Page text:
Connecting information technology and engineering to creative and business expertise, the new sensisLab at the Monash campus in the Melbourne suburb of Caulfield, will bring together researchers from the faculties of IT, Engineering, Art, Design & Architecture and the Monash Business School.
SensiLab will be launched on Wednesday (13 May) by the Victorian State Minister for Small Business, Innovation and Trade, Adem Somyurek.
SensiLab director, Professor Jon McCormack, said the new lab was packed with all kinds of new technologies from humanoid robots to 3D printers, with the concept based on creative innovation through knowledge sharing, exemplified by emerging innovation spaces such as hacklabs and makerspaces.
Professor McCormack said seniLab welcomed researchers from any discipline to initiate disruptive change, “rather than simply react to it”.
“The immediate, connected and open nature of the internet means that ideas propagate more quickly and more broadly than ever before.
“New knowledge is being generated faster than any time in human history. Universities must acknowledge that many traditional avenues of research have been bypassed by technology and the accelerated cultural change that it drives.”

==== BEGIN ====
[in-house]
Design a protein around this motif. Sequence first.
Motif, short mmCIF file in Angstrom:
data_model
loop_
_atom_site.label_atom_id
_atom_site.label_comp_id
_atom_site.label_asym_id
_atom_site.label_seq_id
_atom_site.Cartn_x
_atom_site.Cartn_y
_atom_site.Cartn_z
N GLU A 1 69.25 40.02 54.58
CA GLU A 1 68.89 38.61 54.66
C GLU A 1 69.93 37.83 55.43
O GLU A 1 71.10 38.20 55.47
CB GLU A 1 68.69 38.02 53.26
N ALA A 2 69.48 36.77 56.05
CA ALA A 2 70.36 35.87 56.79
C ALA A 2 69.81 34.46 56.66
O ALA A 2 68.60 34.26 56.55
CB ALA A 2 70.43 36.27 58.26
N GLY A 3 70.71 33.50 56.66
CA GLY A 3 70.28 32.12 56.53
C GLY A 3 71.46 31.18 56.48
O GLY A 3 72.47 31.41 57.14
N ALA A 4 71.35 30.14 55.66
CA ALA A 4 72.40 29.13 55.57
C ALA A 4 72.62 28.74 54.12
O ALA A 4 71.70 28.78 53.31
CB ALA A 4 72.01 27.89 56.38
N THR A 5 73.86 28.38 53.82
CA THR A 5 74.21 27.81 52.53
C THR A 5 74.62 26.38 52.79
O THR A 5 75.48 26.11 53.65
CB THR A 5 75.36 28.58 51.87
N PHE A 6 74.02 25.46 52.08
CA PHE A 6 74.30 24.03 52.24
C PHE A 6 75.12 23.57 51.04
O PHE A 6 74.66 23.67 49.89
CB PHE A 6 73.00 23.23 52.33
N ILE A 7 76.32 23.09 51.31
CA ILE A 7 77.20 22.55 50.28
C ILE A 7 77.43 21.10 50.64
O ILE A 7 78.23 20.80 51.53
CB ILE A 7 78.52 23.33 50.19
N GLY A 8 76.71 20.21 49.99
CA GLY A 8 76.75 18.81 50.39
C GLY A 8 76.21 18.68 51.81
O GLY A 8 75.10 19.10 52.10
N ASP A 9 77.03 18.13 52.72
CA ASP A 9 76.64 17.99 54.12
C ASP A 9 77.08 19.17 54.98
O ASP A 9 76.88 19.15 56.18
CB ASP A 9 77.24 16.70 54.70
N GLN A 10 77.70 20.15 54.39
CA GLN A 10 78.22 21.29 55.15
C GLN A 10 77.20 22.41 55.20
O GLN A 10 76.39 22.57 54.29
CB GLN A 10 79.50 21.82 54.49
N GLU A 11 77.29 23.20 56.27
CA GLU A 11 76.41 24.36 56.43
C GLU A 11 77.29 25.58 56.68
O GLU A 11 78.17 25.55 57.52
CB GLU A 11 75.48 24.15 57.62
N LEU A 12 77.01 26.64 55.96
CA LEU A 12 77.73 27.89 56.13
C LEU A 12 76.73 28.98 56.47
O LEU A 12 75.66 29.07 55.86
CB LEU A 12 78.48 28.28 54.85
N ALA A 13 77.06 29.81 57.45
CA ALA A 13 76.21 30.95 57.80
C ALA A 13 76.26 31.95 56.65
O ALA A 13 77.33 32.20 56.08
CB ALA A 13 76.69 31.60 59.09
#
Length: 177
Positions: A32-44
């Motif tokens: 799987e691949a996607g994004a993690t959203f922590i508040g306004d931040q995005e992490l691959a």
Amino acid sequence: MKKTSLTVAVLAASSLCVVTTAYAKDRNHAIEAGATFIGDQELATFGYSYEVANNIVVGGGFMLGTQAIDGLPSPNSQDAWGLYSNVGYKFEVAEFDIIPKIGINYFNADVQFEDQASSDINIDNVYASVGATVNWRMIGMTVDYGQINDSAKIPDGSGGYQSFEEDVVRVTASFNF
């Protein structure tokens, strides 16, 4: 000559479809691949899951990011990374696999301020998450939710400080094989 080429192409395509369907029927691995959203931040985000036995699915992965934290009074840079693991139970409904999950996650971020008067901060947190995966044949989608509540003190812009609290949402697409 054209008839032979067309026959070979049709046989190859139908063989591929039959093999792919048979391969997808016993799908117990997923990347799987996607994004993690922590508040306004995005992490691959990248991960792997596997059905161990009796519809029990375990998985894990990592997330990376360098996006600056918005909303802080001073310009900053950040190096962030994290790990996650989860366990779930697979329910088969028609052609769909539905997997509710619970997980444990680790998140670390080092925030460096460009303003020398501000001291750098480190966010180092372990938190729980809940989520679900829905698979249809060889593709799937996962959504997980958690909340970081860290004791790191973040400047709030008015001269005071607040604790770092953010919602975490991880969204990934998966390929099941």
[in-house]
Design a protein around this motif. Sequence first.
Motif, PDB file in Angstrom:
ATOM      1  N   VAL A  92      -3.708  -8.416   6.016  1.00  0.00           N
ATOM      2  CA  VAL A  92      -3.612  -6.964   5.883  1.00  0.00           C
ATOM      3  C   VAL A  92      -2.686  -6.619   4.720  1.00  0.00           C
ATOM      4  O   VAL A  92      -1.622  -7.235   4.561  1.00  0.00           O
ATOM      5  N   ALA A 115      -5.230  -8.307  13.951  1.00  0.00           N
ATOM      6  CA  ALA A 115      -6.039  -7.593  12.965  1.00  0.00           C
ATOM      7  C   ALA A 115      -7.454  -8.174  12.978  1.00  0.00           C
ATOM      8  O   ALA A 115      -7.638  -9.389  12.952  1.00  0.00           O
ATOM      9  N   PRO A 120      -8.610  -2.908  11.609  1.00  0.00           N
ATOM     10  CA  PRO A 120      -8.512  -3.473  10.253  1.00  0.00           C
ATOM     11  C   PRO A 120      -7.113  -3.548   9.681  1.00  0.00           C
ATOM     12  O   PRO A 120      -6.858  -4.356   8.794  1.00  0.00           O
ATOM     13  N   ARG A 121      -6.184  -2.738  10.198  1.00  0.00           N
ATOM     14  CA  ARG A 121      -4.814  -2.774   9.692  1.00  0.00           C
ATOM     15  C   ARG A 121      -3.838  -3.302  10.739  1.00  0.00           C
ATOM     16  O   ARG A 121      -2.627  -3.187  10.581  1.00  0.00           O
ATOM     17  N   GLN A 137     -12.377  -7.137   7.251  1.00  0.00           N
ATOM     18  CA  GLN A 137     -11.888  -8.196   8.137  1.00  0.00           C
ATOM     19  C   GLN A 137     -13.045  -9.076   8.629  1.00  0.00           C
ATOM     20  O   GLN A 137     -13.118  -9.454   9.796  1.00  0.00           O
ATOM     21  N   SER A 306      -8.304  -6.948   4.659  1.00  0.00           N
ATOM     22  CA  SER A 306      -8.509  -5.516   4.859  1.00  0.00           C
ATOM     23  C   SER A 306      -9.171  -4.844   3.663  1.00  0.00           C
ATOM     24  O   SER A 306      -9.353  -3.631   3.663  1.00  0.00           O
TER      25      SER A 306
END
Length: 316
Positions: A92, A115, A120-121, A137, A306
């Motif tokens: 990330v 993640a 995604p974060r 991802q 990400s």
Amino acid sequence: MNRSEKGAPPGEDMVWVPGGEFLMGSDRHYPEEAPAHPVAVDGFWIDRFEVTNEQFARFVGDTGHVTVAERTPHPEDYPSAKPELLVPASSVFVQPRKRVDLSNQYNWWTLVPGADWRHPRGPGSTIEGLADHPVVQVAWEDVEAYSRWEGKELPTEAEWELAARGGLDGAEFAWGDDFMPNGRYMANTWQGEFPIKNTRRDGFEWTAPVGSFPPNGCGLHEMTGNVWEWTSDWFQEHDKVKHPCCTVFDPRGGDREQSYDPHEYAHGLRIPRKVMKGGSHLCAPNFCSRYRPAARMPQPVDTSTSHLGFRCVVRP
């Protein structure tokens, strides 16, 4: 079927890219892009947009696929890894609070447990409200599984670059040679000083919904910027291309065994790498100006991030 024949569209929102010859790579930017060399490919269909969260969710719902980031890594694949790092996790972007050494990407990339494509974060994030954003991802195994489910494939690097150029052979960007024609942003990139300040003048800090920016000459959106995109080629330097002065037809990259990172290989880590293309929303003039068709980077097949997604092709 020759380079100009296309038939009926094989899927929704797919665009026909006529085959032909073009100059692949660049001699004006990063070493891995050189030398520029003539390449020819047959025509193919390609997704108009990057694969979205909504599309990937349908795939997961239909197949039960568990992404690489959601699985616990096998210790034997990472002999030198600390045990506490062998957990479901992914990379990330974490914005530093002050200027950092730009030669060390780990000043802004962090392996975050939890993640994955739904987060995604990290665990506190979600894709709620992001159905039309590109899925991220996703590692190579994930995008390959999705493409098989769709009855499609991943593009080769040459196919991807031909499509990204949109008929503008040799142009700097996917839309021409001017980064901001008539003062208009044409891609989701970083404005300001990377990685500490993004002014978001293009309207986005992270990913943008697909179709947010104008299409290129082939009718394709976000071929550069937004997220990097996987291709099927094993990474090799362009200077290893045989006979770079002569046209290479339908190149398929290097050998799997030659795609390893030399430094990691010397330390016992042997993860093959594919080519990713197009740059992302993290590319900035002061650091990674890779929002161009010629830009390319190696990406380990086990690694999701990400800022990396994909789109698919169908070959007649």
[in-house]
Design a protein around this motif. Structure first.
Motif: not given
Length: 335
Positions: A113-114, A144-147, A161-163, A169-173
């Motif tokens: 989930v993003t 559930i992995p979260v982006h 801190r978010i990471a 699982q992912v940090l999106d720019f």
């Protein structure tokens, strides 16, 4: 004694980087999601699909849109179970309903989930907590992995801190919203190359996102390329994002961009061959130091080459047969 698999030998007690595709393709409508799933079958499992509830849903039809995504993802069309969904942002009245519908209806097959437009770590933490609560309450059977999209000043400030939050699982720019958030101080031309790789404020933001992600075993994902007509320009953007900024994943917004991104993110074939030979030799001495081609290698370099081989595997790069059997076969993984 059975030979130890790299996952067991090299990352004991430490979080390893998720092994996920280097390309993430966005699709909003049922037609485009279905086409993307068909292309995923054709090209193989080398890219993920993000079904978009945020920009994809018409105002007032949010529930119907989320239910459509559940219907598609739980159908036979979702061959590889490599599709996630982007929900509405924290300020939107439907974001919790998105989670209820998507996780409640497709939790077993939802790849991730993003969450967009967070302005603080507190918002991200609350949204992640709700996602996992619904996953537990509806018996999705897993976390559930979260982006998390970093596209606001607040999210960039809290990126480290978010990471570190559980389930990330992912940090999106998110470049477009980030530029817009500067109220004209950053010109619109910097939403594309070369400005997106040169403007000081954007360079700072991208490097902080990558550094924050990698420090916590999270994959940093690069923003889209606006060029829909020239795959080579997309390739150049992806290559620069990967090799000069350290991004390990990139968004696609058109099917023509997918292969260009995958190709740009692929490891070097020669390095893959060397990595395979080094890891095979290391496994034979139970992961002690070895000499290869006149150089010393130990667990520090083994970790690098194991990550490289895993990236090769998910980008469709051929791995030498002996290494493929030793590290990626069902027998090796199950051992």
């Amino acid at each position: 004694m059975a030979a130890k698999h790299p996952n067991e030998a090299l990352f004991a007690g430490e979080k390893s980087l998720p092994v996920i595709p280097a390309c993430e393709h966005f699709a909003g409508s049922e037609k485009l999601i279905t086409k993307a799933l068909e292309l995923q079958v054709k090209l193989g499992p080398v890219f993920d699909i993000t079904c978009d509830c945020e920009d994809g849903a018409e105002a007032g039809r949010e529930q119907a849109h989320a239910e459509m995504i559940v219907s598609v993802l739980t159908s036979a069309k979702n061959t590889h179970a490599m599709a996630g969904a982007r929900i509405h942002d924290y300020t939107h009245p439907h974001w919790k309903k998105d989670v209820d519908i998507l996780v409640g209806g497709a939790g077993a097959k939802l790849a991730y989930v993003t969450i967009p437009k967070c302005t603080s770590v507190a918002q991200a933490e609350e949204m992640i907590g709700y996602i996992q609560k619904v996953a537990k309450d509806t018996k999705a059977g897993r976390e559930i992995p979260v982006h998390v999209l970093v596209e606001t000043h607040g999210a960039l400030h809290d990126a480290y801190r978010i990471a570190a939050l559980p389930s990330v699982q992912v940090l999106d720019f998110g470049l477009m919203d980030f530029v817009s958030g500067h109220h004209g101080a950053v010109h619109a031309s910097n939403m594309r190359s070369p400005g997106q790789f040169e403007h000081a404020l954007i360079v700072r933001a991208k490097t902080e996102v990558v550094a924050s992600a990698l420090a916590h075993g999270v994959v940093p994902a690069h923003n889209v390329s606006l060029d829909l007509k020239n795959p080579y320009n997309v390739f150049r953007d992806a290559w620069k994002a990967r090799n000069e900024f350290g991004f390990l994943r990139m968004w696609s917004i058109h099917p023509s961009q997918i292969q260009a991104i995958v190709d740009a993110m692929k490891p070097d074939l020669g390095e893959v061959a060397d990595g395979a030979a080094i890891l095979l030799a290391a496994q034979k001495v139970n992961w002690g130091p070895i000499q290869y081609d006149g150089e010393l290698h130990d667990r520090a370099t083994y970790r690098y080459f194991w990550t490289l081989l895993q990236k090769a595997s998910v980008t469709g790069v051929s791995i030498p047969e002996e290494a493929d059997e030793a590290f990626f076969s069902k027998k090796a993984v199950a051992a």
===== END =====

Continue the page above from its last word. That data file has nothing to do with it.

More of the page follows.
Professor McCormack said that from media to manufacturing, disruptive technology continues to challenge long-established businesses and institutions, even the nature of work itself.
“Australia must embrace these changes by adapting its research culture over the next decade.
“It’s here that sensiLab aims to drive creativity and innovation in IT by connecting designers, artists, engineers, computing experts and business entrepreneurs to create the technological breakthroughs necessary for a successful economy.
“We want to bring a sense of empathy and play to the design and application of technology to build really engaging experiences,” Professor McCormack said.
“With sensiLab we have the ability to rapidly prototype the technology of the future, from wearables, Internet of Things and machine-to-machine technologies to new virtual reality systems and haptic devices.”
Some of the projects on display at the lab’s opening this Wednesday include:
• A new haptic ring that allows blind and vision-impaired people to feel graphics and diagrams on mobile devices such as phones and tablets
• ‘ContextUWall’, a collaborative interactive display system that connects touch tables, tablets and high resolution display systems such as Monash’s CAVE2 environment to allow researchers to collaboratively explore complex data
• Interactive virtual reality displays that recreate the ancient metropolis of Angkor Wat in Cambodia
• Audio-enhanced 3D maps that allow people with a vision impairment to navigate in public spaces
• Simple haptic techniques for low-cost virtual reality such as the Oculus Rift that add to the sense of presence by mirroring physical and virtual objects in space
• An interactive sandpit that brings a new virtual dimension to playing with sand.